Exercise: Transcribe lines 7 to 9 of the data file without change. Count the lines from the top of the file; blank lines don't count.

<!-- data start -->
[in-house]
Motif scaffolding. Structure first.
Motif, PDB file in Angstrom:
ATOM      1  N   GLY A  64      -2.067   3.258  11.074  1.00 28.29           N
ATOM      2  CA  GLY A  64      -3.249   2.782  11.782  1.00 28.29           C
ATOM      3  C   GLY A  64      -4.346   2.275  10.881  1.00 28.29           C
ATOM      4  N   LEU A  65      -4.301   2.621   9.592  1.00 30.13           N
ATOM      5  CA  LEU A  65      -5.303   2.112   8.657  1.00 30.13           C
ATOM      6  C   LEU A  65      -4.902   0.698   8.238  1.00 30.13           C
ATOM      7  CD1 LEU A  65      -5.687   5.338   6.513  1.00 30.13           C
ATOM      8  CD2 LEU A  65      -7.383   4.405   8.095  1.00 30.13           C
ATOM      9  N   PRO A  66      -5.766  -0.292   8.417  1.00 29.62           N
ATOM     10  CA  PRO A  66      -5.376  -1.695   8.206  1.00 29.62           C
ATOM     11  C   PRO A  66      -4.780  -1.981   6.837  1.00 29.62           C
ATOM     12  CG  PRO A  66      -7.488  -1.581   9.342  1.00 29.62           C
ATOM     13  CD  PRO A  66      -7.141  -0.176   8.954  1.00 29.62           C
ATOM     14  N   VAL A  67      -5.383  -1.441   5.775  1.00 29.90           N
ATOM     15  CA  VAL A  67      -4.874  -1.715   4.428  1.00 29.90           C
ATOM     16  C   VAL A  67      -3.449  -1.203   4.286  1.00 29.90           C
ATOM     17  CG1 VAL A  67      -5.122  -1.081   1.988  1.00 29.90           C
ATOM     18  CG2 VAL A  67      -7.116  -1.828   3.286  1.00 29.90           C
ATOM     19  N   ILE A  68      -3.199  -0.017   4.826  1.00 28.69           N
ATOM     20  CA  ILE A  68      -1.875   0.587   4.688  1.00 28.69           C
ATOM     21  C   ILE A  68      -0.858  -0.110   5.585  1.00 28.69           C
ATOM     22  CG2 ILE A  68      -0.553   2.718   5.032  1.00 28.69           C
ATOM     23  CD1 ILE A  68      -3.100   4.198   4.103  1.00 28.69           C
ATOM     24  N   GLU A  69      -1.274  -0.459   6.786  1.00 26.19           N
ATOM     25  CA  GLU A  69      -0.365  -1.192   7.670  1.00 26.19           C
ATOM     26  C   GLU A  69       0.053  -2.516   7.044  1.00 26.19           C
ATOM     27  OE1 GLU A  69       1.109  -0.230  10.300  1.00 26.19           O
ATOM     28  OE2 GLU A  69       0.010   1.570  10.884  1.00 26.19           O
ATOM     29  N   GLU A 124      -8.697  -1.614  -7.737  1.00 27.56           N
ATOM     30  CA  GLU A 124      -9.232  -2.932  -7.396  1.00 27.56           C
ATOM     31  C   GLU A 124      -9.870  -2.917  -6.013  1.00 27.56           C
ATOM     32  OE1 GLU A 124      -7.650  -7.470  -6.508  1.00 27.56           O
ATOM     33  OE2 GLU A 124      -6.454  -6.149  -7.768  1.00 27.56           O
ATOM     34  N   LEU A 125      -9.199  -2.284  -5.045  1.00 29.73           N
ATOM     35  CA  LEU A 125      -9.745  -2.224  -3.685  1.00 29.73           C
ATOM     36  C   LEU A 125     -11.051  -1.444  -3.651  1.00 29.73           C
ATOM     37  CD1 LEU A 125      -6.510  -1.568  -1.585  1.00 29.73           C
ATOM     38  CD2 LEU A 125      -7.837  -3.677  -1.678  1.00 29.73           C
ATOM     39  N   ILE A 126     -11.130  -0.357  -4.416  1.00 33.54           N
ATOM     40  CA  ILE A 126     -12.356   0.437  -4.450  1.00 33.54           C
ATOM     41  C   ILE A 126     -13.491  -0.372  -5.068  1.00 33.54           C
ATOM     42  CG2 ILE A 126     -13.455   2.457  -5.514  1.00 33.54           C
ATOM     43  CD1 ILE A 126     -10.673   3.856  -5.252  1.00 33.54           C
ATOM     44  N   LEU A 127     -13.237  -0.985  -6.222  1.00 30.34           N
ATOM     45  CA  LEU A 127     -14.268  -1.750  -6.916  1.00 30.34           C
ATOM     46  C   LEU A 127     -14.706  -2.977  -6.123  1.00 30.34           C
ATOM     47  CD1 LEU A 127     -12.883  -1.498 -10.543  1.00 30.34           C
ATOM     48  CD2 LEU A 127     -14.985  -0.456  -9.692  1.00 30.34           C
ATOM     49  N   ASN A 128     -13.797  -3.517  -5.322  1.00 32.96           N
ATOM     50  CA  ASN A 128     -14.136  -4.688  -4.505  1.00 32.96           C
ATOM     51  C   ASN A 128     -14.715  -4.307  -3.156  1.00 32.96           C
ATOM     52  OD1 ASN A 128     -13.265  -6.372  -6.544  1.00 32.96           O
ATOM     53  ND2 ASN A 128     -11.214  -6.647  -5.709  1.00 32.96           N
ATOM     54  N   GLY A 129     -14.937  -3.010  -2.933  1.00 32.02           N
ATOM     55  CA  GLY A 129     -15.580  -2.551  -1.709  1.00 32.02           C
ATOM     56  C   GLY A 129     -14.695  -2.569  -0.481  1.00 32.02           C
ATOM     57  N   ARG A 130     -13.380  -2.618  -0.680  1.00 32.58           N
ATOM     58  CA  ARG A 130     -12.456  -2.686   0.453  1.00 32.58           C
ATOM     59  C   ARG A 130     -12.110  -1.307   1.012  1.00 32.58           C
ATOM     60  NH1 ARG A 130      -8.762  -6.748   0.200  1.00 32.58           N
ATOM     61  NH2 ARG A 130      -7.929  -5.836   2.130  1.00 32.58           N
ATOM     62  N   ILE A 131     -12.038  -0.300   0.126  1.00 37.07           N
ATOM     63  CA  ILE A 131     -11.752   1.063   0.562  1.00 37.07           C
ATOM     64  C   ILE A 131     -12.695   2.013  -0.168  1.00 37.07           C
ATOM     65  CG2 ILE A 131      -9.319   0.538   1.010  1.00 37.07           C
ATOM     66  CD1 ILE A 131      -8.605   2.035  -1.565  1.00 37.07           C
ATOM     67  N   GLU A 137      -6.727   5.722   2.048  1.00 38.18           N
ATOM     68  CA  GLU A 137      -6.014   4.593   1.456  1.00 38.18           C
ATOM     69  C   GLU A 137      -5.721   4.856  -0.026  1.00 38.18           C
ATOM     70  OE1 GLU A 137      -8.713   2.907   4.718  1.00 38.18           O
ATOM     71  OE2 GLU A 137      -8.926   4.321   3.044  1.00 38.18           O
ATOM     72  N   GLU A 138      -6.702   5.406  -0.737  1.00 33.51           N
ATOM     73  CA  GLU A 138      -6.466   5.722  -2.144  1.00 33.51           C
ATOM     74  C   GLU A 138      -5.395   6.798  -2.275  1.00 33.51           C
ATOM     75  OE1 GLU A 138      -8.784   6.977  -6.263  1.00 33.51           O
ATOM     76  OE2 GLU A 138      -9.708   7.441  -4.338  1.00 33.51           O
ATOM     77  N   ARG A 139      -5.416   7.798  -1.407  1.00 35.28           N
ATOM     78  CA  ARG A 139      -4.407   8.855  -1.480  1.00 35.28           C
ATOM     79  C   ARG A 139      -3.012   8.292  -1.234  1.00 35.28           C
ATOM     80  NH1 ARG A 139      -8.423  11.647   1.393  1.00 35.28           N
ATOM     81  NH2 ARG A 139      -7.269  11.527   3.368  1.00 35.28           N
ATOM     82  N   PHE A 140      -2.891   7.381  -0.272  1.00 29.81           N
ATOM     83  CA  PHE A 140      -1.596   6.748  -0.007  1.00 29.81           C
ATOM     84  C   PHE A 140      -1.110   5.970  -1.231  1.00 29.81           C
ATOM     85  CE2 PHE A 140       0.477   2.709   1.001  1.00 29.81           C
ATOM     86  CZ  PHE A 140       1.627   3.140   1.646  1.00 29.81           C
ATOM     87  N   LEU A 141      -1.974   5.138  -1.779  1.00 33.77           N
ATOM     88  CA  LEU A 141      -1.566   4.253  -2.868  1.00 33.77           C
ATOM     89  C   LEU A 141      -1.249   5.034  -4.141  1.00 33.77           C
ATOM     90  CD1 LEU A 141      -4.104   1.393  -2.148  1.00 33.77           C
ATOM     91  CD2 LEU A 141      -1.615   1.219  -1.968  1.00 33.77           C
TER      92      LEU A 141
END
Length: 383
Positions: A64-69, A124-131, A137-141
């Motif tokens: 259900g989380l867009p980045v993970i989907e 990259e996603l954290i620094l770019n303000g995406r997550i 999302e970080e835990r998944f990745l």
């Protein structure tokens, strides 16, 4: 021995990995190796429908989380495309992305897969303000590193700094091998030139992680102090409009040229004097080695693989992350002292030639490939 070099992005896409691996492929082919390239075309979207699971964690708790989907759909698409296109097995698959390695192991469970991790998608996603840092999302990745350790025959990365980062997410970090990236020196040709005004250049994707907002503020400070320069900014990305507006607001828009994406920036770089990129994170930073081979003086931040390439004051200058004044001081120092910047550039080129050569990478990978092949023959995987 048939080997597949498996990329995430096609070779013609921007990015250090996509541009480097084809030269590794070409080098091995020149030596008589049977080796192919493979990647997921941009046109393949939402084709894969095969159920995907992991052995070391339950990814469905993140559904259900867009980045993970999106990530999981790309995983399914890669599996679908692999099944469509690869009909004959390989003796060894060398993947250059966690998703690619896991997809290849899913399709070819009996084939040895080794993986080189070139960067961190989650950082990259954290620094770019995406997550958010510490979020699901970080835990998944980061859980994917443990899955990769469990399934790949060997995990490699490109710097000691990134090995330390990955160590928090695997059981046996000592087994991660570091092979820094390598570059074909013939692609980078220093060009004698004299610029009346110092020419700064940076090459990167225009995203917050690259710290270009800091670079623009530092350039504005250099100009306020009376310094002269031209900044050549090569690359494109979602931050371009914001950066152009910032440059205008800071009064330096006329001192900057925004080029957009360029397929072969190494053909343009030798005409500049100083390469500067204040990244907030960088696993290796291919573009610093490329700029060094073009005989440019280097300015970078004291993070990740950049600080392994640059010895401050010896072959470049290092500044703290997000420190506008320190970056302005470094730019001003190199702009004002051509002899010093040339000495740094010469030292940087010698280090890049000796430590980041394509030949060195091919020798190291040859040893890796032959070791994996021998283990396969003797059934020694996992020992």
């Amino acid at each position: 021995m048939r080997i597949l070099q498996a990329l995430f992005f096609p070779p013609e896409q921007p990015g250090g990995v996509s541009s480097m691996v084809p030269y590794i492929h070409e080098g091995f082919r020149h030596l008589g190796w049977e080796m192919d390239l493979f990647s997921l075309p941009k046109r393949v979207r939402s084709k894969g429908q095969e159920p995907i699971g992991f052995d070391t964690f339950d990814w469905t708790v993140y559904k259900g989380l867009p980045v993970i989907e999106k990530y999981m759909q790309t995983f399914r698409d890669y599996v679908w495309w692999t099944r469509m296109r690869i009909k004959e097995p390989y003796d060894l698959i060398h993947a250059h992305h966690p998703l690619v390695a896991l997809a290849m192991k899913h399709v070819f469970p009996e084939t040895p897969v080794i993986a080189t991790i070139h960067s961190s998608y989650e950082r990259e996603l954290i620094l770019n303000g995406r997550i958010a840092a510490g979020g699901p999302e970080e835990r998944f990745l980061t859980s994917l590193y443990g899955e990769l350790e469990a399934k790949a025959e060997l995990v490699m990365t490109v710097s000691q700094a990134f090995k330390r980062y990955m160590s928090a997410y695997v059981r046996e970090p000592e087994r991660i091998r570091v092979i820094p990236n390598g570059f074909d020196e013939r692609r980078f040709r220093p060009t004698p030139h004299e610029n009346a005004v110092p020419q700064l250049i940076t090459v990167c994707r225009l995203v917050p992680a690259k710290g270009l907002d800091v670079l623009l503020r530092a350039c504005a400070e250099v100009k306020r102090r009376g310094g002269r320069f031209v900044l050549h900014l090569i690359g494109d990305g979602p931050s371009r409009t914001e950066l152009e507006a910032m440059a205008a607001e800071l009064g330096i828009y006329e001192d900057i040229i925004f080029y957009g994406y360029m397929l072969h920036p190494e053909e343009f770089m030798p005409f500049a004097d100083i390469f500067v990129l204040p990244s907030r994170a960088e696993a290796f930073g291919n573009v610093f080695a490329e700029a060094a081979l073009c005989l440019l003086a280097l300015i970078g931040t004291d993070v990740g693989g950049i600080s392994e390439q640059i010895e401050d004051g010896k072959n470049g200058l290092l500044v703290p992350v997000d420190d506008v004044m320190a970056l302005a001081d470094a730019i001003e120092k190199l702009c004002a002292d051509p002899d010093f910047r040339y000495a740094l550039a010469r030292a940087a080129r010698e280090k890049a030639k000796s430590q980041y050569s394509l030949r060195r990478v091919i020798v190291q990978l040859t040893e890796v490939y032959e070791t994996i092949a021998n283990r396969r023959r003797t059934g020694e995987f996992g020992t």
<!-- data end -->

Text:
ATOM      4  N   LEU A  65      -4.301   2.621   9.592  1.00 30.13           N
ATOM      5  CA  LEU A  65      -5.303   2.112   8.657  1.00 30.13           C
ATOM      6  C   LEU A  65      -4.902   0.698   8.238  1.00 30.13           C